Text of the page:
There isn’t a perfect size for making these wraps. It really depends on what you are wanting to wrap. If they’re for a small lunch snack like some grapes or nuts then a 20cm x 20cm square might suffice. For larger wraps, for example to be used to cover a mixing bowl, you might require a larger 35cm x 35cm wrap. I cut a range of different size squares when making my wraps so I could choose the most appropriate size for what I needed.
Step Two - Preparing the Oven.
Turn on the oven to around 130°C and allow it to pre-heat. Line your baking tray(s) with grease-proof paper and place your cotton squares on top. Make sure the grease-proof paper is larger than the cotton sheet. If you are working with a large cotton sheet then you can fold it gently in half to allow it to fit on the paper.
Step Three - Make your Wax Mixture.
Measure out the beeswax, coconut (or alternative) oil and pine resin and combine them in your Pyrex jug. Place a saucepan of water (while the water is still cool) onto a stove and add the jug and ingredients. Gently bring the pan to a simmer, stirring the ingredients constantly to avoid them sticking to the base of the jug or burning. It’s important to make sure that the water is not too hot and boiling over. When the ingredients have fully melted the hob can be turned off, the warm water will keep the mixture in a liquid state.
Step Four - Coat your Wraps
Using the paintbrush, roughly spread the melted mixture across your cotton squares. Be careful not to apply too much mixture or your wraps will become overly saturated. The mixture will cool as you spread it over the fabric so don’t panic if this seems a bit messy or uneven. Place the painted wraps into the oven for 30 seconds to a minute. Just long enough for the mixture to liquidise again. Take the wraps out of the oven and use the paintbrush to spread the excess wax mixture to any areas of the cotton which were missed initially. Then place the tray back into the oven briefly (30 seconds to a minute again) before removing and allowing the coated cotton to dry.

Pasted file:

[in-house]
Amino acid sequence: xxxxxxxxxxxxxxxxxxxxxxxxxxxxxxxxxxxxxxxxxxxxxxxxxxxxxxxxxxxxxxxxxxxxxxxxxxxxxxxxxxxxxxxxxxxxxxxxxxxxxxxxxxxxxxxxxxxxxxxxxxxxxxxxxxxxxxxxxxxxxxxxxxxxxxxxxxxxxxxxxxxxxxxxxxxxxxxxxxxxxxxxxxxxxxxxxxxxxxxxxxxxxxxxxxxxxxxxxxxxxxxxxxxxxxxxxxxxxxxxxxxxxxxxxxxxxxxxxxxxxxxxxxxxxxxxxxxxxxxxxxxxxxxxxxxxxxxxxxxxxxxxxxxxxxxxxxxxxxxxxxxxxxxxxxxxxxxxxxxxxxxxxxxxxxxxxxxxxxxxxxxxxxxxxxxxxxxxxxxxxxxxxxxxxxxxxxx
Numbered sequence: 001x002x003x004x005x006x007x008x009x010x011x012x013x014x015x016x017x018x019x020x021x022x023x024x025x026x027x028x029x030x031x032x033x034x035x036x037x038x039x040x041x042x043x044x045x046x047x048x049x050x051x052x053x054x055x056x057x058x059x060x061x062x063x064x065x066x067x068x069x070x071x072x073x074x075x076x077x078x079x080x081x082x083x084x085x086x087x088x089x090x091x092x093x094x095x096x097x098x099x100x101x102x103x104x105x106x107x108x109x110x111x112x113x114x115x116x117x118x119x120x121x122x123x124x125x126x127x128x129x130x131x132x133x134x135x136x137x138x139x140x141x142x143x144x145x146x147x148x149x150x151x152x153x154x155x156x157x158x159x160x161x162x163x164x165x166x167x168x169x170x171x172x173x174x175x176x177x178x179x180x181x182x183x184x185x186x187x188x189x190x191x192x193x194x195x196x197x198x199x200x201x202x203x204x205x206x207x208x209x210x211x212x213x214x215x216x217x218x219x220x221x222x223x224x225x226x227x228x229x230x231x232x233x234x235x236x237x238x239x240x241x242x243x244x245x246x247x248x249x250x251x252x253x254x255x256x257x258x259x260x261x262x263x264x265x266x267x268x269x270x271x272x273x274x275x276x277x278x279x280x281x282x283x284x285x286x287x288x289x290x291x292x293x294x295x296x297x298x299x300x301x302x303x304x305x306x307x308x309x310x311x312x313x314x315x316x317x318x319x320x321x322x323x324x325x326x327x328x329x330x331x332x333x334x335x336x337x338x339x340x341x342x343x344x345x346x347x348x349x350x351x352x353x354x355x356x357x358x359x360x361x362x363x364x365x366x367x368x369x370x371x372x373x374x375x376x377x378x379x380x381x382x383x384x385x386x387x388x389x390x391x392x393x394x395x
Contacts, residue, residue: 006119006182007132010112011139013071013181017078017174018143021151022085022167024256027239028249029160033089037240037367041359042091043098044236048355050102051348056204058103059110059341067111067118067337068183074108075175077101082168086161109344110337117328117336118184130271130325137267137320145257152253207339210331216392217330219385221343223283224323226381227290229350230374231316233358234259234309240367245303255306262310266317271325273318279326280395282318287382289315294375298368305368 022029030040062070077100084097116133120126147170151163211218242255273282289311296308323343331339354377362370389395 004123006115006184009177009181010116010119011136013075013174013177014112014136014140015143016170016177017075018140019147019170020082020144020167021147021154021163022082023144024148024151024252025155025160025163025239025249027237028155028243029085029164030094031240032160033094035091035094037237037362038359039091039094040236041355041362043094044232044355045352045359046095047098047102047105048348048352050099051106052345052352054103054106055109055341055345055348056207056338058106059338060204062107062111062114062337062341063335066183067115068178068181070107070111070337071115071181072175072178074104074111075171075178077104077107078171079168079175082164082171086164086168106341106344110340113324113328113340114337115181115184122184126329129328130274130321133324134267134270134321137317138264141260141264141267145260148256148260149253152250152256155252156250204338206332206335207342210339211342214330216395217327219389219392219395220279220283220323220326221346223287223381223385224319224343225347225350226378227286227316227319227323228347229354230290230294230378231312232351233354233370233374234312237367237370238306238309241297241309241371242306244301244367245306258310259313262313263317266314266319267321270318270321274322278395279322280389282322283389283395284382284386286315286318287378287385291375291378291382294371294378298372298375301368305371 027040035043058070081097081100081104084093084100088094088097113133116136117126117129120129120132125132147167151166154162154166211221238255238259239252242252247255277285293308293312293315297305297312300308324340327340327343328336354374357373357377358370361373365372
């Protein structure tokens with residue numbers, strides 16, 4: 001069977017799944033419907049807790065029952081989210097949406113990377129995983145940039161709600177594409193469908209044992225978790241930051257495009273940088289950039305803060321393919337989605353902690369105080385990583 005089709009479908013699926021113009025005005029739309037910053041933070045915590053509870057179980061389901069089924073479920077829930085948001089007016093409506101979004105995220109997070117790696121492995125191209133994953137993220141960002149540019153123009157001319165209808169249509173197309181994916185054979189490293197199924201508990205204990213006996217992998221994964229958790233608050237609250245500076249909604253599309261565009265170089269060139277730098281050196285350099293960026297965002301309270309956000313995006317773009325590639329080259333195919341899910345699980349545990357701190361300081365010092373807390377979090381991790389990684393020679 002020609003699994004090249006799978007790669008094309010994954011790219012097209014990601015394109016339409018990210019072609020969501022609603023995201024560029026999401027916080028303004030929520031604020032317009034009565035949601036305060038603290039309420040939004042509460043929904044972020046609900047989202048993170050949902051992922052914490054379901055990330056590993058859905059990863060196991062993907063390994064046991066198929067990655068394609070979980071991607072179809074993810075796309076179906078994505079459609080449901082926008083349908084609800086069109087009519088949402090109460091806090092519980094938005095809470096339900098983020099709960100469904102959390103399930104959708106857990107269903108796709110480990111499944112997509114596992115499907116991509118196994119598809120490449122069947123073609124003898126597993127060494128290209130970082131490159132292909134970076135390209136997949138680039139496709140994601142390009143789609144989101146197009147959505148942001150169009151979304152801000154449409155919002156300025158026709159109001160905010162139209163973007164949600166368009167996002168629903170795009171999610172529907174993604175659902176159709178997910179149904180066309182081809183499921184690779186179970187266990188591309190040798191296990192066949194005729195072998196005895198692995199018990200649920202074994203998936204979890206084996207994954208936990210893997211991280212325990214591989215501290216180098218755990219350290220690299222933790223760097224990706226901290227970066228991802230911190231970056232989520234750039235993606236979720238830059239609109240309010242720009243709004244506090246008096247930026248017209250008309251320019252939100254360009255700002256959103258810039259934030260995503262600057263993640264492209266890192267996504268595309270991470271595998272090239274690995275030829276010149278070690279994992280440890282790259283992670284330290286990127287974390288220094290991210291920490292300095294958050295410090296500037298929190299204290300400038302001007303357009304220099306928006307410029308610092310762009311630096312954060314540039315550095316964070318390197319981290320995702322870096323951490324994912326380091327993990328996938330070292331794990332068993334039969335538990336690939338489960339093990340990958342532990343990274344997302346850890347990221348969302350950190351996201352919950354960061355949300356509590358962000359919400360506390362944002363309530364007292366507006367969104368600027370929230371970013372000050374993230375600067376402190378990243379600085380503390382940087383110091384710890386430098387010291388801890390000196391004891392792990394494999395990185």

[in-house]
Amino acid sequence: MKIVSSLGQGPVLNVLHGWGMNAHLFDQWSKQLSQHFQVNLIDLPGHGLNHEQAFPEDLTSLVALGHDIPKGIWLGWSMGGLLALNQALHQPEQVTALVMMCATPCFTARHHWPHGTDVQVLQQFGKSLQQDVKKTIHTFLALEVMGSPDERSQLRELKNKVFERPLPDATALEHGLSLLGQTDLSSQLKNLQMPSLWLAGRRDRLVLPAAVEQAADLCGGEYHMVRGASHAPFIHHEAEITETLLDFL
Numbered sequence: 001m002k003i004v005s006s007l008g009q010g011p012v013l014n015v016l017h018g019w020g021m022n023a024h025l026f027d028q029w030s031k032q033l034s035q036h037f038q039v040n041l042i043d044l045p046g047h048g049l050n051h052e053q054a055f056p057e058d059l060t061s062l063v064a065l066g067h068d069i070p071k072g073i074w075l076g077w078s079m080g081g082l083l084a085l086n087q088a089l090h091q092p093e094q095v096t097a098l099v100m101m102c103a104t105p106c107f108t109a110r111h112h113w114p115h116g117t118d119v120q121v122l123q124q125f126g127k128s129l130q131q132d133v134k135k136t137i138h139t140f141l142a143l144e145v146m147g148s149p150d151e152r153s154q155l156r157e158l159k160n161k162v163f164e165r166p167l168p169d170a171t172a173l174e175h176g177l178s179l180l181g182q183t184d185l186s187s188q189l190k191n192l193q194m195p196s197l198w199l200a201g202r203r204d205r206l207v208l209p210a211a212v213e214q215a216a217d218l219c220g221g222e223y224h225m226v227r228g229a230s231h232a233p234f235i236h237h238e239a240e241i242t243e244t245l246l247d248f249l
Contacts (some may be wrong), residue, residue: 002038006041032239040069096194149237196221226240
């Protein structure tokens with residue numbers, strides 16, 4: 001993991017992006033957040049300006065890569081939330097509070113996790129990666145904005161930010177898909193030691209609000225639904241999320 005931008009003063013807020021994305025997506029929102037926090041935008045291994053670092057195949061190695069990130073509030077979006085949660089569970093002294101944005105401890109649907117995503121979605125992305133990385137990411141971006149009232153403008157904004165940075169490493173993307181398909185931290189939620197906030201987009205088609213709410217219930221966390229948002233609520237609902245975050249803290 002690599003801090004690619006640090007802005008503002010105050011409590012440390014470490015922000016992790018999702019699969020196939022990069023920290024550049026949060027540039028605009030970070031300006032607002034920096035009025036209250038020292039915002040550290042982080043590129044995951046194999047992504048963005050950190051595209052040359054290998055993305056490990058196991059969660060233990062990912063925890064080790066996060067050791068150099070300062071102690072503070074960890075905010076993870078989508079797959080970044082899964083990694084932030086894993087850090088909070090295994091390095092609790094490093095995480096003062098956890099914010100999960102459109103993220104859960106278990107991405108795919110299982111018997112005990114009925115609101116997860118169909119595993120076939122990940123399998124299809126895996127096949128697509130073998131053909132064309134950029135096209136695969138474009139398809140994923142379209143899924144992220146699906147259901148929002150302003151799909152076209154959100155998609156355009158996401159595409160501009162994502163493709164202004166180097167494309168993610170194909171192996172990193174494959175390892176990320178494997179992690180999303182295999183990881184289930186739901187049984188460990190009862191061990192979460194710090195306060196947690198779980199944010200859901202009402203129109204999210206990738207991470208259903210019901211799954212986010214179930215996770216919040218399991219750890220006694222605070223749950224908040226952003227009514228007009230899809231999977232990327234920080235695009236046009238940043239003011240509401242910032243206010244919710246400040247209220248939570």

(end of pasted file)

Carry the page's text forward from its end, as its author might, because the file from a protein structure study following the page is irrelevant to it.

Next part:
When your wrap is dry it should feel slightly waxy, slightly tacky and be easily folded and flexed. Check if you’ve got the consistency right by doing a trial run on a bowl or wrapping up some fruit. If it holds in place and sticks to itself and the object, such as the bowl, then you’ve got it right! If it isn’t quite there you can always reheat and as a little extra oil, resin or wax on top and leave it in the oven to melt once more.
Note: You shouldn’t be able to see any excess wax on the surface of the cotton sheet. If you can it is likely that you’ve used too much mixture. Pop the sheet back in the oven for 30 seconds to a minute and follow the steps below to remove the excess.
What to do if you coat your cotton with too much of the wax mixture?
Option 1 - Place another cotton square over the top of your saturated one. Place both pieces of cotton into the oven and as the wax melts the new cotton sheet will soak up the excess mixture. If your second sheet isn’t fully coated after this stage or your first sheet is still looking overly waxy, you can flip both cotton sheets (so the next sheet is now on the bottom and place them back into the oven briefly. Gravity will help the wax find its way to the new fabric square.
Option 2 - Pour the excess back into your jug. Place your sheet with the excess wax back into the oven, as you have done previously. When the wax has melted remove the sheet and carefully tilt the tray over your mixture jug to drain any excess wax away. Be very careful with this method as your wax sheet and oven tray will be hot! Make sure you use suitable heat proof oven gloves.
Step Five - Aftercare
Your wraps can be used time and time again. To ensure they last as long as possible, wash them in cool water and gently rub away any mess. Don’t use hot water as if might melt your wax away! Once clean, leave them to dry naturally.
If you have made excess mixture don’t panic! You haven’t wasted it. The mixture can be stored at room temperature so place it into an airtight tub or bag and it will remain useful for your next batch of wraps when they’re due!